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Posts Tagged ‘Rubby De La Rosa’

Well, that’s a wrap! That, my friends, is officially a wrap.  The 2013 regular baseball season is now over.  That’s it.  We finish with a record of ninety-seven and sixty-five.  That’s good for a winning percentage of .599, which is the best in the American League and tied with the Cards for the best in the Majors.

Look at how far we’ve come.  New manager, new players, new team.  And new record.  Better record.  Look at how far we’ve come.  Look at all the changes we’ve made and the transitions we’ve gone through.  And we made it on the other side.  Not to say I told you so, but I knew good things were in store for us from the very beginning.  And in this particular case I’m so psyched I’m right.

We ended the season, unfortunately, with a loss.  But the pitching staff got some last-minute work in while Lackey got the day off, which is good.  Webster pitched three shutout innings to start us off.  Doubront took over in the fourth but got into trouble in the fifth.  He gave up two singles followed by a strikeout and a walk to load the bases.  A double, a single, a walk, and a single ended up scoring five runs.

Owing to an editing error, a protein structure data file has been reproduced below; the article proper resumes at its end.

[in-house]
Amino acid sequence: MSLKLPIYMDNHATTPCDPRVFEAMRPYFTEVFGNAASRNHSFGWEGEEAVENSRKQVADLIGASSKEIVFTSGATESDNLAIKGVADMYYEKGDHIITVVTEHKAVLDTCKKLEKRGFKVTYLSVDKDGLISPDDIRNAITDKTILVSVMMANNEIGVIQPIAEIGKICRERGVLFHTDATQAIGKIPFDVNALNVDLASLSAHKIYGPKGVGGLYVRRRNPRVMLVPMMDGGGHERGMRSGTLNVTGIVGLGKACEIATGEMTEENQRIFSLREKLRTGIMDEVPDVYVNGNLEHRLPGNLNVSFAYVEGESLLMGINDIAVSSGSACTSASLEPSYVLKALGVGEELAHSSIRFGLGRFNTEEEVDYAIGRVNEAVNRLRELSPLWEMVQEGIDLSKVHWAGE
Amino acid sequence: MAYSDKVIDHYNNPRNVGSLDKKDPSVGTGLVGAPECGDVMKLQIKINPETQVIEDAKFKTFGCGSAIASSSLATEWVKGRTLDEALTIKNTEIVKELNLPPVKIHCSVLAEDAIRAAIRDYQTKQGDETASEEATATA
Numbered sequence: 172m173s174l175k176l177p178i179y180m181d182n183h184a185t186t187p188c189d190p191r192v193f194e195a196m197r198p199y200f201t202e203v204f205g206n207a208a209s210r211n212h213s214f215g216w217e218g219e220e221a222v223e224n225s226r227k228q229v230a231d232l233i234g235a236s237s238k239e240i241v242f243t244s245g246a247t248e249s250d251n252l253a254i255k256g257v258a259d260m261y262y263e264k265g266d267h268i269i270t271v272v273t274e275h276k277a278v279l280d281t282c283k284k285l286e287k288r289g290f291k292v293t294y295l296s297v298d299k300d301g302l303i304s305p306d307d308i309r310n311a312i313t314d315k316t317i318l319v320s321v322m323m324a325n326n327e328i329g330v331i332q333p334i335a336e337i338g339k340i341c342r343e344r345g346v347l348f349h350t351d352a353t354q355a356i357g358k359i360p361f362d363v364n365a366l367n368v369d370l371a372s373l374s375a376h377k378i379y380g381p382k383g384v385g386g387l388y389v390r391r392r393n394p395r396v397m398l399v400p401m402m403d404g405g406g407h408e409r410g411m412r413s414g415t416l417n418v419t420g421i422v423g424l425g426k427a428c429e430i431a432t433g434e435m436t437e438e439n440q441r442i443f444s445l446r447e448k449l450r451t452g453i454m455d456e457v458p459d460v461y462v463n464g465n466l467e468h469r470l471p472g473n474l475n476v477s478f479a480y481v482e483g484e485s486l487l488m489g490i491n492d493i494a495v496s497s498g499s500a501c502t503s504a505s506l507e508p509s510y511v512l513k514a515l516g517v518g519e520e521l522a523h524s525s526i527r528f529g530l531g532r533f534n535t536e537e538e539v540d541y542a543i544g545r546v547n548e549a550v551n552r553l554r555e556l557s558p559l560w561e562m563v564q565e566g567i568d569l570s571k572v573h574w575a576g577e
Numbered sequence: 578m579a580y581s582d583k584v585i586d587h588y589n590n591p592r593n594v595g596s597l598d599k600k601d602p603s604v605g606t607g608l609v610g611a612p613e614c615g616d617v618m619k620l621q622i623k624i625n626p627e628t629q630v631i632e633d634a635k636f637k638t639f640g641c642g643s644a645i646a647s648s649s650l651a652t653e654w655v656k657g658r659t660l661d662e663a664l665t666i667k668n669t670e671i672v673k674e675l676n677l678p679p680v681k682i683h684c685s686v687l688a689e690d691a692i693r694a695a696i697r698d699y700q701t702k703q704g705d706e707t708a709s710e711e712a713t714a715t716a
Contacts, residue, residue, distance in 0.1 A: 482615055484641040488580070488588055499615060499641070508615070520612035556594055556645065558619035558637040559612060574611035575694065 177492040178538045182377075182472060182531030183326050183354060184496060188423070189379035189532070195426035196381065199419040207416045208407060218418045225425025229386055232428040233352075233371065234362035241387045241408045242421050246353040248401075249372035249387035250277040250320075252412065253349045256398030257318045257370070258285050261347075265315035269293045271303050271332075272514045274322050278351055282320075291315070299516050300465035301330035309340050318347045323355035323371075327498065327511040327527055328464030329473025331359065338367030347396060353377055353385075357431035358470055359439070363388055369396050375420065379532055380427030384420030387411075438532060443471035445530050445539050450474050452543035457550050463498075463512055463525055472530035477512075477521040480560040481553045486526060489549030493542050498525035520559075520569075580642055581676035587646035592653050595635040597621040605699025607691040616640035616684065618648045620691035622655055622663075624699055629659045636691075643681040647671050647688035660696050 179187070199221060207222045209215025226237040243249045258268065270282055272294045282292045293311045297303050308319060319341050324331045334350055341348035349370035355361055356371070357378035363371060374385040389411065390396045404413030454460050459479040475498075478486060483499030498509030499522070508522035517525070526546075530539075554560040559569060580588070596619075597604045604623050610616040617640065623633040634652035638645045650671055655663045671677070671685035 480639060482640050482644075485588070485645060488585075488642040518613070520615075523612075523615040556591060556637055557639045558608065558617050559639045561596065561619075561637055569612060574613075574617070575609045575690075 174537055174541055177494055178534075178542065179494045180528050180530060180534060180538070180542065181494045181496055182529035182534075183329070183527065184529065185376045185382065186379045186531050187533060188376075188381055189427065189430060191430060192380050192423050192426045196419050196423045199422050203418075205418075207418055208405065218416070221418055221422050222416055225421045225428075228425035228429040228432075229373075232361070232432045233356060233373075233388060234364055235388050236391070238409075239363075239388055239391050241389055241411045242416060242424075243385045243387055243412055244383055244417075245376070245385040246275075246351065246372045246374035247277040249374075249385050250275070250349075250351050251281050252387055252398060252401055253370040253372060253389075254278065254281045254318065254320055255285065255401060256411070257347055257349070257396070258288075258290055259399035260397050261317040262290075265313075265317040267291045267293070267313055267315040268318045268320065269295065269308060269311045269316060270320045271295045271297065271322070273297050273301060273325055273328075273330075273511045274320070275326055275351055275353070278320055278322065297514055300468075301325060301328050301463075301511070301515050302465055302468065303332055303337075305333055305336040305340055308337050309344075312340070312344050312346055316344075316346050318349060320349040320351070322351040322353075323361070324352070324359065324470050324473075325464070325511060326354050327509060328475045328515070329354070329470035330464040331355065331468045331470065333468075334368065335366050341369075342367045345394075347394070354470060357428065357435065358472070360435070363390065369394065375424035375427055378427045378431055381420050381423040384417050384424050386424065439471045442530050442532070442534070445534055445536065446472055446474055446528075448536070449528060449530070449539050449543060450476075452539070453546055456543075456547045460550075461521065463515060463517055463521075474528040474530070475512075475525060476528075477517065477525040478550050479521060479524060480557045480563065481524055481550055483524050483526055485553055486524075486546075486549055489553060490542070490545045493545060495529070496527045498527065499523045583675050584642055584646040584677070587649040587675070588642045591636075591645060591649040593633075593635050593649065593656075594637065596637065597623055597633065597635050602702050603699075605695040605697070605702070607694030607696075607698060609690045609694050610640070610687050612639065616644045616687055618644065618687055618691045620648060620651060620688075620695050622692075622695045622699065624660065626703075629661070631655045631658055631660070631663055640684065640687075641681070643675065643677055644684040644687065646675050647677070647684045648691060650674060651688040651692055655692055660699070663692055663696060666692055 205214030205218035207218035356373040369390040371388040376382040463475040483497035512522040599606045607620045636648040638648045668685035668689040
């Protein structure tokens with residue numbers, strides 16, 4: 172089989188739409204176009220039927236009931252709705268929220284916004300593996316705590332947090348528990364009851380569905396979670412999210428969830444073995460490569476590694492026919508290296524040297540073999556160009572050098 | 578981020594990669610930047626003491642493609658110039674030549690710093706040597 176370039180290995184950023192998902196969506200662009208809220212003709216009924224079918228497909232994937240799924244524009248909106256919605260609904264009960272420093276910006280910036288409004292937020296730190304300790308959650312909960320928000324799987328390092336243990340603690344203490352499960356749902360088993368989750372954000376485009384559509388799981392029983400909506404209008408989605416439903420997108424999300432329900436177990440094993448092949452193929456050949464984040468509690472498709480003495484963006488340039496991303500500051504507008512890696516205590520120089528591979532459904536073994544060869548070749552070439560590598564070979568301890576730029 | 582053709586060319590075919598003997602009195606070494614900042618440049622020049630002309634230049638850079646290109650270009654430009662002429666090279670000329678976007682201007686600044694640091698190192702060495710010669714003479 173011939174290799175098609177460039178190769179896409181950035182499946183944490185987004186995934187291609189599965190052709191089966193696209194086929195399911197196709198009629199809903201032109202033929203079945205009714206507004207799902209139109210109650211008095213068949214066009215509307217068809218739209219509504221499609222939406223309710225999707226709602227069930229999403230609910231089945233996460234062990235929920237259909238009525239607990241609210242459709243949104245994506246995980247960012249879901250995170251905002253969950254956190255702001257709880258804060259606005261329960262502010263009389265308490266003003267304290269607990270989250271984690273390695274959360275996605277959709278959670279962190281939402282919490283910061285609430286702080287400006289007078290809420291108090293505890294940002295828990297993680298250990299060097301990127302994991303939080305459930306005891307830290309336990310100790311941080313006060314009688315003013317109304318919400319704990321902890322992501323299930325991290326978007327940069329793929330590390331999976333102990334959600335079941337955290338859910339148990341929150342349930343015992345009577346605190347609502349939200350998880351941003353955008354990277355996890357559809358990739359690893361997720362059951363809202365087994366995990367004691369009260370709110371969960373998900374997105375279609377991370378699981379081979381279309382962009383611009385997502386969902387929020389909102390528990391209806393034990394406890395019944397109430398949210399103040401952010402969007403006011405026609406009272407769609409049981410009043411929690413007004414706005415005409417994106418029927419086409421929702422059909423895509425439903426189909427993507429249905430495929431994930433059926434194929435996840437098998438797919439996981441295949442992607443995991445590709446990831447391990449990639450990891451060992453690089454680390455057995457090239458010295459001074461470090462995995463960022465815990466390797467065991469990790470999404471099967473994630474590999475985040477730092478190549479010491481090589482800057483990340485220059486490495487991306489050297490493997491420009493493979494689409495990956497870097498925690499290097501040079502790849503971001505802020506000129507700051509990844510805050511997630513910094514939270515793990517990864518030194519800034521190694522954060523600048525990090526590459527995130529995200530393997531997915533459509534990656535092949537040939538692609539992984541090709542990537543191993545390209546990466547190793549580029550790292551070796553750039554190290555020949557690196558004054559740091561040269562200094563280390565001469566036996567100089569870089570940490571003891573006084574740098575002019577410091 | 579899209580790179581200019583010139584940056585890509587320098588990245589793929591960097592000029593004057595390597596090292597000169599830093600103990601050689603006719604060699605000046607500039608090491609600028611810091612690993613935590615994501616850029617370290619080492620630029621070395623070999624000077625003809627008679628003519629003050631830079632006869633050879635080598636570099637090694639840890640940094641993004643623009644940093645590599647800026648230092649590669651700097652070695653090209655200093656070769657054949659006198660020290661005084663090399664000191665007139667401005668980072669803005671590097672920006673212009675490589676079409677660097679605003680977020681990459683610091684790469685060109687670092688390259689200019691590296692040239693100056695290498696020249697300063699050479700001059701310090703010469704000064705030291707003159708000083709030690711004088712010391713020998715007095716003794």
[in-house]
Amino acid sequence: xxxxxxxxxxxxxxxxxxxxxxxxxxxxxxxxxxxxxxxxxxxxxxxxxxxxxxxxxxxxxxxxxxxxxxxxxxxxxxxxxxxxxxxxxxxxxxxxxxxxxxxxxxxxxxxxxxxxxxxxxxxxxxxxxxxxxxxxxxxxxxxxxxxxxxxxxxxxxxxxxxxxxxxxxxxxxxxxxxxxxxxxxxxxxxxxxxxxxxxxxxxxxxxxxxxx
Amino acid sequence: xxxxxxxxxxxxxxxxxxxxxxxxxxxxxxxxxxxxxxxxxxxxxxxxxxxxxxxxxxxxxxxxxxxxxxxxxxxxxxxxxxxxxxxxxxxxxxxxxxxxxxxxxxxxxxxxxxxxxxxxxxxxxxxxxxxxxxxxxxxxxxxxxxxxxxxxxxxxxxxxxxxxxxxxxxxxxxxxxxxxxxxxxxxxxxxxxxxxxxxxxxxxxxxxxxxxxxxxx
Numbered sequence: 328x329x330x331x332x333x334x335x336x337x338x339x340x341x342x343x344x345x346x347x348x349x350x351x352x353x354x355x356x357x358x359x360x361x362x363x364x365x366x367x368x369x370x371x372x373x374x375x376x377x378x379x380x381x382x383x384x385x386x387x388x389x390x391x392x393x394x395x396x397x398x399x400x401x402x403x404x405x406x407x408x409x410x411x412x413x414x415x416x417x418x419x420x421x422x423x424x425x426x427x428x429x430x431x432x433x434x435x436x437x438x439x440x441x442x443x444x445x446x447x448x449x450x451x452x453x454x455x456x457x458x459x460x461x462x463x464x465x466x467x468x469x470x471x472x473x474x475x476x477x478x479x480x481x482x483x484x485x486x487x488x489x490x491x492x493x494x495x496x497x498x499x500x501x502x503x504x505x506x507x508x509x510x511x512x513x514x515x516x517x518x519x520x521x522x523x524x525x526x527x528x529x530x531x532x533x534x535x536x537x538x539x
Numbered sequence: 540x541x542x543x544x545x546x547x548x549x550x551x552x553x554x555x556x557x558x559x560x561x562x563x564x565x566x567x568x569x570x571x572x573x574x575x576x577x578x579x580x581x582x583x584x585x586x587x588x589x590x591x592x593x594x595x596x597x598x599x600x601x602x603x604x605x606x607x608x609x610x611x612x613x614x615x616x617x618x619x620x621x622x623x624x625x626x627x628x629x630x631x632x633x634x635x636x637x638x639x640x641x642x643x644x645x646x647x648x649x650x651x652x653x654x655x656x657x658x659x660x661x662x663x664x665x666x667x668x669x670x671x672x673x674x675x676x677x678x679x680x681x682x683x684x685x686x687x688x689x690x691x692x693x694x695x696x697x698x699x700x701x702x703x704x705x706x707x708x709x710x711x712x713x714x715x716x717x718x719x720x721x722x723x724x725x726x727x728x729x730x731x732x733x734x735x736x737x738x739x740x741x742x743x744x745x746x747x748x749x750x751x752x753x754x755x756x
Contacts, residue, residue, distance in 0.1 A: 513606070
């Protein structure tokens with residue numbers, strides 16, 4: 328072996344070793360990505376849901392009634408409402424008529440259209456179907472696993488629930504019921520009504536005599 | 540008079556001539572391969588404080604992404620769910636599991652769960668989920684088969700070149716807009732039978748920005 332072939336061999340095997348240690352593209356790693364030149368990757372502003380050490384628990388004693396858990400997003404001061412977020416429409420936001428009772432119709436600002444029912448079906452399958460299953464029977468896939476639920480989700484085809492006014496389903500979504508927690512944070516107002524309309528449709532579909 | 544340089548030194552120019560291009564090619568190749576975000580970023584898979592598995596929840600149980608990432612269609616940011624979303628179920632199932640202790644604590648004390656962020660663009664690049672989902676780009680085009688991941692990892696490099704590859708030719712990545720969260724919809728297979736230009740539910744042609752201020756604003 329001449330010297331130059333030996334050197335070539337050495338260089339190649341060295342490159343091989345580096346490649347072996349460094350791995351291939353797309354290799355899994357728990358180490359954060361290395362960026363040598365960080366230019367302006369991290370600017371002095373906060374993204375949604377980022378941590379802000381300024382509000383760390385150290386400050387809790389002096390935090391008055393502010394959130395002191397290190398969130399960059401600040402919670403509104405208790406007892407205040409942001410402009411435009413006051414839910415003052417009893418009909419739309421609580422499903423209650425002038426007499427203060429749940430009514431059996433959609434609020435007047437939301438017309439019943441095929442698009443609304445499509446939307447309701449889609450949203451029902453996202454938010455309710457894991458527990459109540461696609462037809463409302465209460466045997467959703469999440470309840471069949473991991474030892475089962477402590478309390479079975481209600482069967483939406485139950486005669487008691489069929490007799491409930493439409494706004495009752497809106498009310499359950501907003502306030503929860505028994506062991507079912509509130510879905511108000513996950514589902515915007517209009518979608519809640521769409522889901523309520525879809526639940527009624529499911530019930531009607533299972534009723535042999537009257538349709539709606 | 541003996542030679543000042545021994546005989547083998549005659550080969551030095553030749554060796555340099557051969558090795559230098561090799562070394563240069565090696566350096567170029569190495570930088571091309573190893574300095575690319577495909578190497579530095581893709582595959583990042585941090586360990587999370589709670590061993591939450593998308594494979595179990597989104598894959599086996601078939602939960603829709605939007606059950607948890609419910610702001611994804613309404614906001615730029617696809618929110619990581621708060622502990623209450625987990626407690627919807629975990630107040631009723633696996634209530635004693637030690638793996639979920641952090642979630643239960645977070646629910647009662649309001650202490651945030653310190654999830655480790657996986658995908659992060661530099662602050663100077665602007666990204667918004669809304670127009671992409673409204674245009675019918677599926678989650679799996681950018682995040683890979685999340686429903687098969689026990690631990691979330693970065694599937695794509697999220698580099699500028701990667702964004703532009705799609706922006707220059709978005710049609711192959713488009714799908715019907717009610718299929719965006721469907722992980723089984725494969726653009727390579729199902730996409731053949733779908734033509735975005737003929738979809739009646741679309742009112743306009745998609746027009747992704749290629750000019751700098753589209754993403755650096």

Then it was De La Rosa’s turn.  He ended the inning and gave up a single in the sixth.  Dempster took over and gave up a double, a wild pitch that scored a run, and a groundout.  Dempster came on and, while ending the inning, also gave up an RBI double.  Breslow pitched the seventh, and Uehara pitched the eighth.

The game started very nicely with a solo shot on the fourth pitch, courtesy of Ellsbury.  It was his third cutter of the at-bat, and all four pitches were about the same speed.  But he hit this one beyond the fence in right center field.  And he looked comfortable doing it, too.  It’s his third leadoff shot this year and tenth of his career, which is a new club record!

After Bogaerts struck out, Papi singled and then scored on a groundout by Carp.  With one out in the second, John McDonald singled, and Quintin Berry went yard on a changeup to right.  So the pitchers were taking this opportunity to get their work in, and so was the bench.  Which, as we all know, is very important.  Salty singled and scored on a single by Ellsbury in the fourth.  And Papi singled and scored on a single by Napoli in the ninth.